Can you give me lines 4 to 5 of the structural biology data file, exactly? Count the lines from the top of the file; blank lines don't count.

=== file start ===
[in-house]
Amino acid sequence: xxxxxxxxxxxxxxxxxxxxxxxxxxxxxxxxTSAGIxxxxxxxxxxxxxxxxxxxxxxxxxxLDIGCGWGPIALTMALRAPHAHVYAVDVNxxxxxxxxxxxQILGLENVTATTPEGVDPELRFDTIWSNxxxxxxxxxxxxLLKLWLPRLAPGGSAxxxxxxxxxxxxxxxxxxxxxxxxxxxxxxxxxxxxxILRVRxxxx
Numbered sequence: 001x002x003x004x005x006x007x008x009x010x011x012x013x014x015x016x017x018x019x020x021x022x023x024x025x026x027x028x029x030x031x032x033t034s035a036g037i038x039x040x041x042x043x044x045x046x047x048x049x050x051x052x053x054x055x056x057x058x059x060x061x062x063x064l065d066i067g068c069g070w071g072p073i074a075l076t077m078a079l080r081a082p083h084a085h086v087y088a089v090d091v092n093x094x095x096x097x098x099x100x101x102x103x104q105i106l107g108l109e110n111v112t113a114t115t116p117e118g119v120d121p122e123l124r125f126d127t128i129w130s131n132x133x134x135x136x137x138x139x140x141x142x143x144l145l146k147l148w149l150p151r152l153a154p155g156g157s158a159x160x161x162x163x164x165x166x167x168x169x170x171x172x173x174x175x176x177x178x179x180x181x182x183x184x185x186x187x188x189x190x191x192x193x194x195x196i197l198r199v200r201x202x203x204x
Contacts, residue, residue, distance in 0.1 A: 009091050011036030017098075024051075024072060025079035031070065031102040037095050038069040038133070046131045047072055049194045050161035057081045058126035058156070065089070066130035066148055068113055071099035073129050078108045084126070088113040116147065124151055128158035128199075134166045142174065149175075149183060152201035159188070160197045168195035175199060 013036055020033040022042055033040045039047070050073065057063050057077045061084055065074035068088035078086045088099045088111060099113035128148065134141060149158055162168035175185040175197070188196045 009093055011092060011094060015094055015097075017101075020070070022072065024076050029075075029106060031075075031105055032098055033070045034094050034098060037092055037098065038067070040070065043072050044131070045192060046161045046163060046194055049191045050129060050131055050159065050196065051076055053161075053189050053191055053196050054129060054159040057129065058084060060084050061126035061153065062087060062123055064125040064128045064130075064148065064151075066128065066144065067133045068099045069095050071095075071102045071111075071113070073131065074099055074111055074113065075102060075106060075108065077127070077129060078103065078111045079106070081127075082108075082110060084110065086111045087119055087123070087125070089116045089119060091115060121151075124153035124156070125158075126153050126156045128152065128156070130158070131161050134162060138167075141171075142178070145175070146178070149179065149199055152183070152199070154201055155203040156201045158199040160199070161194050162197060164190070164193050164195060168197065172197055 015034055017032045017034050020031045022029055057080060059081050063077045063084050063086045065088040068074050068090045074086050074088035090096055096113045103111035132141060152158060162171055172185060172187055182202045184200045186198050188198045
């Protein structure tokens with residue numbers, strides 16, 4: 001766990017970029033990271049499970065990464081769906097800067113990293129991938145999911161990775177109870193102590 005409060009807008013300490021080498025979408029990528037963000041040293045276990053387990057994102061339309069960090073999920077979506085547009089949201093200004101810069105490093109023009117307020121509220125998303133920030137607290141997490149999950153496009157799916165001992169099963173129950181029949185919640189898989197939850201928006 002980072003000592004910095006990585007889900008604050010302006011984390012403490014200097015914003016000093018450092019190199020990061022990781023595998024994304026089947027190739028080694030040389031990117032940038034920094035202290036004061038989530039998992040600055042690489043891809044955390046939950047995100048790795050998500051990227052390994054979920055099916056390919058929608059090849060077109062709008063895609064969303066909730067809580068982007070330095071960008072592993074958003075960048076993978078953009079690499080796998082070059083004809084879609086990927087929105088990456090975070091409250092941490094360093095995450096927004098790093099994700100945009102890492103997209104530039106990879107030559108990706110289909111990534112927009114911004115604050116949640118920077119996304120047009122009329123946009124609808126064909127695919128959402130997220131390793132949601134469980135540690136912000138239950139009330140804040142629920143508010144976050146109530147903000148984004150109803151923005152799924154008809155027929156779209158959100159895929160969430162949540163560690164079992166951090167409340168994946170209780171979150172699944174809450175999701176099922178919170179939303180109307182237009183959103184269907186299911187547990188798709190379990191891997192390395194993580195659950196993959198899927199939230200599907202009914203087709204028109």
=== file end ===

Contacts, residue, residue, distance in 0.1 A: 009091050011036030017098075024051075024072060025079035031070065031102040037095050038069040038133070046131045047072055049194045050161035057081045058126035058156070065089070066130035066148055068113055071099035073129050078108045084126070088113040116147065124151055128158035128199075134166045142174065149175075149183060152201035159188070160197045168195035175199060 013036055020033040022042055033040045039047070050073065057063050057077045061084055065074035068088035078086045088099045088111060099113035128148065134141060149158055162168035175185040175197070188196045 009093055011092060011094060015094055015097075017101075020070070022072065024076050029075075029106060031075075031105055032098055033070045034094050034098060037092055037098065038067070040070065043072050044131070045192060046161045046163060046194055049191045050129060050131055050159065050196065051076055053161075053189050053191055053196050054129060054159040057129065058084060060084050061126035061153065062087060062123055064125040064128045064130075064148065064151075066128065066144065067133045068099045069095050071095075071102045071111075071113070073131065074099055074111055074113065075102060075106060075108065077127070077129060078103065078111045079106070081127075082108075082110060084110065086111045087119055087123070087125070089116045089119060091115060121151075124153035124156070125158075126153050126156045128152065128156070130158070131161050134162060138167075141171075142178070145175070146178070149179065149199055152183070152199070154201055155203040156201045158199040160199070161194050162197060164190070164193050164195060168197065172197055 015034055017032045017034050020031045022029055057080060059081050063077045063084050063086045065088040068074050068090045074086050074088035090096055096113045103111035132141060152158060162171055172185060172187055182202045184200045186198050188198045
């Protein structure tokens with residue numbers, strides 16, 4: 001766990017970029033990271049499970065990464081769906097800067113990293129991938145999911161990775177109870193102590 005409060009807008013300490021080498025979408029990528037963000041040293045276990053387990057994102061339309069960090073999920077979506085547009089949201093200004101810069105490093109023009117307020121509220125998303133920030137607290141997490149999950153496009157799916165001992169099963173129950181029949185919640189898989197939850201928006 002980072003000592004910095006990585007889900008604050010302006011984390012403490014200097015914003016000093018450092019190199020990061022990781023595998024994304026089947027190739028080694030040389031990117032940038034920094035202290036004061038989530039998992040600055042690489043891809044955390046939950047995100048790795050998500051990227052390994054979920055099916056390919058929608059090849060077109062709008063895609064969303066909730067809580068982007070330095071960008072592993074958003075960048076993978078953009079690499080796998082070059083004809084879609086990927087929105088990456090975070091409250092941490094360093095995450096927004098790093099994700100945009102890492103997209104530039106990879107030559108990706110289909111990534112927009114911004115604050116949640118920077119996304120047009122009329123946009124609808126064909127695919128959402130997220131390793132949601134469980135540690136912000138239950139009330140804040142629920143508010144976050146109530147903000148984004150109803151923005152799924154008809155027929156779209158959100159895929160969430162949540163560690164079992166951090167409340168994946170209780171979150172699944174809450175999701176099922178919170179939303180109307182237009183959103184269907186299911187547990188798709190379990191891997192390395194993580195659950196993959198899927199939230200599907202009914203087709204028109």